The following article presents an overview on the 10 hot topics in regards to pharmaceutical manufacturing. This analysis is based on research work of St.Gallen Operational Excellence (OPEX) team from the University of St.Gallen. Perhaps not surprisingly one of the main issues is the increasing integration of OPEX and quality, which requires novel management approaches. This and further topics are described in order to be primed for upcoming changes.
The competence centre for Operational Excellence (OPEX) at the Institute of Technology Management at the University of St. Gallen, Switzerland (ITEM-HSG) has focused its research for more than ten years on the challenges faced by pharmaceutical companies in their pursuit of Operational Excellence. Over time the researchers have been able to sustain a database consisting today of 281 data sets from 123 different pharmaceutical companies from all over the world. With this data, and on the basis of several continuous exchange platforms, we are able to follow the trends in the manufacturing sector in real time. From an operations management perspective, we were able to identify ten topics that are on the agenda of almost every production manager in the pharmaceutical industry. This allows us to make a projection about where pharmaceutical OPEX is headed in the near future. Figure 1 exhibits an overview of the mentioned topics.
The starting point of our “hot topic” list, quality metrics, goes back to the publication of the US Food and Drug Administration Safety and Innovation Act (FDASIA) in 2012, and a subsequent public docket in February 2013. In this work the FDA announced their intention to examine the use of selected Quality Metrics to support their risk-based inspection programme. The purpose of the metric is to support the industry to deliver high quality medicines across all sites (US Congress, 2012). The quality metric programme is supported by the big pharma associations (ISPE, 2013; PDA, 2013). The first draft of the FDA’s quality metrics is expected by the end of this year. Depending on the chosen set of metrics the impact on the industry could be supportive for the above mentioned objectives but also the opposite could become true. If the final metrics are not based on mutual trust between the regulators and the industry and has limits concerning comparability and interpretability it could lead to unwanted behaviour. A positive impact so far can be seen in the fact that, based on the discussion, more and more quality and OPEX have become to be integrated in pharmaceutical companies.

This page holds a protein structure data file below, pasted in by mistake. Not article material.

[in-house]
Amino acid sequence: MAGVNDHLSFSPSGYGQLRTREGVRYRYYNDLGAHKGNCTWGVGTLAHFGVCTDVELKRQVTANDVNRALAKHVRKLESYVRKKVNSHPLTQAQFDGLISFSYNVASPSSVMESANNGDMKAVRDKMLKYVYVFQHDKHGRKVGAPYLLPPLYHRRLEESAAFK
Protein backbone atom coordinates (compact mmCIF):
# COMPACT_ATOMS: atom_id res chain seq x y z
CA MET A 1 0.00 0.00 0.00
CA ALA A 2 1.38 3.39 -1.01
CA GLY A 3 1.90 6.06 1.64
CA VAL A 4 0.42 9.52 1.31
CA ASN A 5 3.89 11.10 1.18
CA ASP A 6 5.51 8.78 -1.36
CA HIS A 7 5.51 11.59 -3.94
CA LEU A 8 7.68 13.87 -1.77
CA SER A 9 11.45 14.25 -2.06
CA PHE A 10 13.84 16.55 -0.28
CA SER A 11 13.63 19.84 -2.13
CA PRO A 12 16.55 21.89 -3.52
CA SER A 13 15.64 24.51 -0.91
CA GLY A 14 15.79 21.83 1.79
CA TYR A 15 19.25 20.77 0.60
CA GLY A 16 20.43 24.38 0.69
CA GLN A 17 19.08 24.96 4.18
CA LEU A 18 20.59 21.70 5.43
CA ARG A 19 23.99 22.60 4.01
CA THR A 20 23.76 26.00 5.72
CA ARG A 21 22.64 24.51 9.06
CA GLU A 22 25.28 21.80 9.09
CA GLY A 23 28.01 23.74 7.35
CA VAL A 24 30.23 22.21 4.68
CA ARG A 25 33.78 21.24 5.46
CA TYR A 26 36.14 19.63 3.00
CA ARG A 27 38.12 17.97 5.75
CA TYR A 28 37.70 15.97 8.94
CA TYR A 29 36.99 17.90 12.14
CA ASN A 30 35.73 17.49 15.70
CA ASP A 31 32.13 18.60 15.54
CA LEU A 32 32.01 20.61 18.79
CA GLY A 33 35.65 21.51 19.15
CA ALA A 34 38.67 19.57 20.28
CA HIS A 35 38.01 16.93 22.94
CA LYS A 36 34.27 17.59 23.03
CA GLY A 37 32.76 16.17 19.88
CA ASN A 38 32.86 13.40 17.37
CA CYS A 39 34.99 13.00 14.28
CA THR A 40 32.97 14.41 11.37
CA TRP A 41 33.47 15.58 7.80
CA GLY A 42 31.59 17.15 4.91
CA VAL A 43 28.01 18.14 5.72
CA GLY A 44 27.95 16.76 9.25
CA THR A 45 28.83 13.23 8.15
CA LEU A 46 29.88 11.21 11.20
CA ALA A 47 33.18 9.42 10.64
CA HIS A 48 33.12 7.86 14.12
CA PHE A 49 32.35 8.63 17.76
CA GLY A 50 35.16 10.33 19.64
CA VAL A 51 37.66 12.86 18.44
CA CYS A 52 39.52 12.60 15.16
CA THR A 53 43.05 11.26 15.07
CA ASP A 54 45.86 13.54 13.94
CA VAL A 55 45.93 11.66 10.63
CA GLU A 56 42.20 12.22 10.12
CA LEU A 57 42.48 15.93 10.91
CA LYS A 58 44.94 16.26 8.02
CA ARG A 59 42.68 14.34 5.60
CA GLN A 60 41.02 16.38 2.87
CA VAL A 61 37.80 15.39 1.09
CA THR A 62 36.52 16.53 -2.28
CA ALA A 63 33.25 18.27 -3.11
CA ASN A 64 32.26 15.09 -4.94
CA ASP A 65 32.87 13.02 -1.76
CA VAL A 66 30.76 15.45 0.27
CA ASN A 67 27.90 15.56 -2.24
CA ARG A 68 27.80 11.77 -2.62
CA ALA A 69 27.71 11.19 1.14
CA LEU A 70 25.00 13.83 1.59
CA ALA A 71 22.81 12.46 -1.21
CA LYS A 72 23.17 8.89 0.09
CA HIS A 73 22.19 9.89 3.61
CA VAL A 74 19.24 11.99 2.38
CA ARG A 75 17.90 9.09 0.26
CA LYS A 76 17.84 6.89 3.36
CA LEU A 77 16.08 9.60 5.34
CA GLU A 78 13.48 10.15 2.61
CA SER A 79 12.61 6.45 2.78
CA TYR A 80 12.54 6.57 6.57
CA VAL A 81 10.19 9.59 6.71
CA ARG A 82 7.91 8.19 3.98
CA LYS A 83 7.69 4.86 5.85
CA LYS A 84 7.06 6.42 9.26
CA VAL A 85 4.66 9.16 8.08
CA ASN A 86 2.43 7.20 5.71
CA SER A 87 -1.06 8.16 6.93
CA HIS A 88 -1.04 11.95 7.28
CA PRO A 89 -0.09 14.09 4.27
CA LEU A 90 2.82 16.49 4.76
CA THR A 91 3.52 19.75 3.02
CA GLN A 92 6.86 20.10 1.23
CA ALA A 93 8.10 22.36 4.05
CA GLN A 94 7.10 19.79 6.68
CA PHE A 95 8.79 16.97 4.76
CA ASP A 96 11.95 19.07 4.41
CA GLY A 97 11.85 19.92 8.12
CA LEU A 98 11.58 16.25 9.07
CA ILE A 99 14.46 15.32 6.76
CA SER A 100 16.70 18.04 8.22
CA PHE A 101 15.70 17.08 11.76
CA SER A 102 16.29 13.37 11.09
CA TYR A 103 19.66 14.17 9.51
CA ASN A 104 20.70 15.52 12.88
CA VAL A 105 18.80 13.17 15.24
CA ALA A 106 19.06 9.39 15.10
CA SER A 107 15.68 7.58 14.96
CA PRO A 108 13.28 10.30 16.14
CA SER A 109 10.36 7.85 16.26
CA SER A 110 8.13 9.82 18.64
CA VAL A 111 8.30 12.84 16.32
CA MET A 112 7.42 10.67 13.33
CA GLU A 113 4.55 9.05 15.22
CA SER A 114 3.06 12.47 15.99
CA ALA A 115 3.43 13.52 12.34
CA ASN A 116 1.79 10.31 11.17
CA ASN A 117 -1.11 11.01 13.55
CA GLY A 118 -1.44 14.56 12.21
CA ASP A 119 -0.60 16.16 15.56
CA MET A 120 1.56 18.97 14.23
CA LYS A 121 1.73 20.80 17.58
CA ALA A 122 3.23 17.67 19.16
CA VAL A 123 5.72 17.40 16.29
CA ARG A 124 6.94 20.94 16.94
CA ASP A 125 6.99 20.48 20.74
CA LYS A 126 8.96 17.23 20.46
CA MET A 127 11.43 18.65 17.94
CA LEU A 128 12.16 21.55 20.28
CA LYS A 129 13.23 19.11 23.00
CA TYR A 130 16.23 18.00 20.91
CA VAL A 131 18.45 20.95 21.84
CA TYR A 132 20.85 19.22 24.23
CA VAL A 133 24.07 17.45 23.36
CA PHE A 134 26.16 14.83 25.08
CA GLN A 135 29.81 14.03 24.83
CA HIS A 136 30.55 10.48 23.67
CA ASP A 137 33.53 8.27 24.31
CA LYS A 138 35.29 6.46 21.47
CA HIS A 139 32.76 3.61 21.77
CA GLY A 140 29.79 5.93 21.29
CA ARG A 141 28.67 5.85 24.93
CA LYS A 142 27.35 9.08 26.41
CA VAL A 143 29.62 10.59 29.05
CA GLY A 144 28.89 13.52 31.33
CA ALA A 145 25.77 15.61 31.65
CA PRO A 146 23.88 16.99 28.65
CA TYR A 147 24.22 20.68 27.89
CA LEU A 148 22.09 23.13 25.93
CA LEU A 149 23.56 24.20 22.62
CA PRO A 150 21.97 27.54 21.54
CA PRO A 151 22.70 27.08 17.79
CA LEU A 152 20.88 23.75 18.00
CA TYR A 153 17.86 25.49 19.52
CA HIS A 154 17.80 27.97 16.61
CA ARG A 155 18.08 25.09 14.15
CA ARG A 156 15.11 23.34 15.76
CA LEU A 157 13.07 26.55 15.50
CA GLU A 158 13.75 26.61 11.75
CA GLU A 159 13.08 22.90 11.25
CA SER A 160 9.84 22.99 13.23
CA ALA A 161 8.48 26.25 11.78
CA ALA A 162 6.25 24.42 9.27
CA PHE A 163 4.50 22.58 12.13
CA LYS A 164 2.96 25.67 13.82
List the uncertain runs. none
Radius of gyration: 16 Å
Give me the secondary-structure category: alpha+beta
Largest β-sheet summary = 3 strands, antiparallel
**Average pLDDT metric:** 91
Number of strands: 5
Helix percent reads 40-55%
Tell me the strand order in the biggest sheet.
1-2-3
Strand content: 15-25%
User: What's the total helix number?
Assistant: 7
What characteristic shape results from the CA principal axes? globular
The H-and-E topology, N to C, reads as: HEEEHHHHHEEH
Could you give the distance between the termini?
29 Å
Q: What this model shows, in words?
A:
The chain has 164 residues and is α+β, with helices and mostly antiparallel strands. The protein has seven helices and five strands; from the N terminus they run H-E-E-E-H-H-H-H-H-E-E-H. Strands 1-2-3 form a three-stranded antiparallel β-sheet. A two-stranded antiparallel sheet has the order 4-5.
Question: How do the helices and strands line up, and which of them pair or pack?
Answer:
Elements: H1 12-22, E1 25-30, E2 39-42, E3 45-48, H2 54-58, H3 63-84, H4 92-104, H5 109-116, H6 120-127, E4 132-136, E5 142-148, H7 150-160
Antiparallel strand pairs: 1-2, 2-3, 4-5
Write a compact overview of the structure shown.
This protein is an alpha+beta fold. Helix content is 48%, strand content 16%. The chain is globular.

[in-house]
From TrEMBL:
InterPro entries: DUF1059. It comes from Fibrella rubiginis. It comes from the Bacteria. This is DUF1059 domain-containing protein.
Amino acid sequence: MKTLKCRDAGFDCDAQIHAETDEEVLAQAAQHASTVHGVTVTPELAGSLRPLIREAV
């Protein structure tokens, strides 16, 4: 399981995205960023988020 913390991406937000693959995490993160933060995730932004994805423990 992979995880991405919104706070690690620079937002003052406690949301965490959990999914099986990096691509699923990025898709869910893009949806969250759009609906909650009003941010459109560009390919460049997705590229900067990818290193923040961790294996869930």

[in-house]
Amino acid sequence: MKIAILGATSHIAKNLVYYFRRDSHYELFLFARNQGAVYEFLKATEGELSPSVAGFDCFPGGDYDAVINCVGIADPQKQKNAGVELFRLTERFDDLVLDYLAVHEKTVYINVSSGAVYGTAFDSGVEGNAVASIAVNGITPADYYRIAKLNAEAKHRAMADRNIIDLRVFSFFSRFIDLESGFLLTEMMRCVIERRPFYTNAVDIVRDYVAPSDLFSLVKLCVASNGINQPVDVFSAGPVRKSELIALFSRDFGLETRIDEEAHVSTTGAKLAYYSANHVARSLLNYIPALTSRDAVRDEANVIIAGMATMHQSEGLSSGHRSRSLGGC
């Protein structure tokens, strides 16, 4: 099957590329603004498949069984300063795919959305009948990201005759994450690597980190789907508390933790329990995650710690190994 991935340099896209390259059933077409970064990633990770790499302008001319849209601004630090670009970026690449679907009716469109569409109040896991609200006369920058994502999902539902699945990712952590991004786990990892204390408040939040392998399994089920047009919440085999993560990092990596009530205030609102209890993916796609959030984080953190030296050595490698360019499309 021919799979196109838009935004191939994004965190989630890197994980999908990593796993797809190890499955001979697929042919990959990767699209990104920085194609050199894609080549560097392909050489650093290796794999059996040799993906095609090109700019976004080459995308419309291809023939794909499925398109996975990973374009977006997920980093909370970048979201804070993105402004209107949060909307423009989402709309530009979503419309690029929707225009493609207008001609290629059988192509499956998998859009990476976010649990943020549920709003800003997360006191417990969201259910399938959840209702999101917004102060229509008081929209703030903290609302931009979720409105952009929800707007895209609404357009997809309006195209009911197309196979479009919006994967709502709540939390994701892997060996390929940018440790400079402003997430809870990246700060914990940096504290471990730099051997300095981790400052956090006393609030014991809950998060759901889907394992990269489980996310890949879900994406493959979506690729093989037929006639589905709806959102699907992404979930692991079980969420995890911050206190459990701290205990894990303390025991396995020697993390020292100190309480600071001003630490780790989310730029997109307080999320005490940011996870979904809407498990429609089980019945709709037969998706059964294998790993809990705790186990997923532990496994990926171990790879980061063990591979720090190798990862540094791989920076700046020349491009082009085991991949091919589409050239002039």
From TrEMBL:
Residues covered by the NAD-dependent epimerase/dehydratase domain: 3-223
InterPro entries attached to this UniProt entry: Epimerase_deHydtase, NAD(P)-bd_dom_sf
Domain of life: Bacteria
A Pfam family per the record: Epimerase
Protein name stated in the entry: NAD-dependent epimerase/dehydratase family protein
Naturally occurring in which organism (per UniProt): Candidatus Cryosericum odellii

As OPEX and Quality is more and more integrated the efficiency of the whole quality organisation becomes a focus topic in pharmaceutical companies. The hard separation of the quality organisation had the effect that there hasn’t been a true evaluation of effectivity and efficiency of the quality organisations. Nevertheless, it needs some sophistication to do this in a way that the overall perspective and the quality performance are not sacrificed for costs. It is especially important to measure the right KPIs and to evaluate them in a meaningful way. The team at the University of St. Gallen proposed to constantly consider the entire picture. A separation in resource consumption (efficiency) and goal attainment (quality performance) both being aggregated KPIs consisting of diverse single KPIs could be a way to keep the overall understanding in the centre of the discussion. Figure 2 shows an example of the evaluation of quality organisation. Managers in this company should further investigate the differences between site six and four in this specific production network.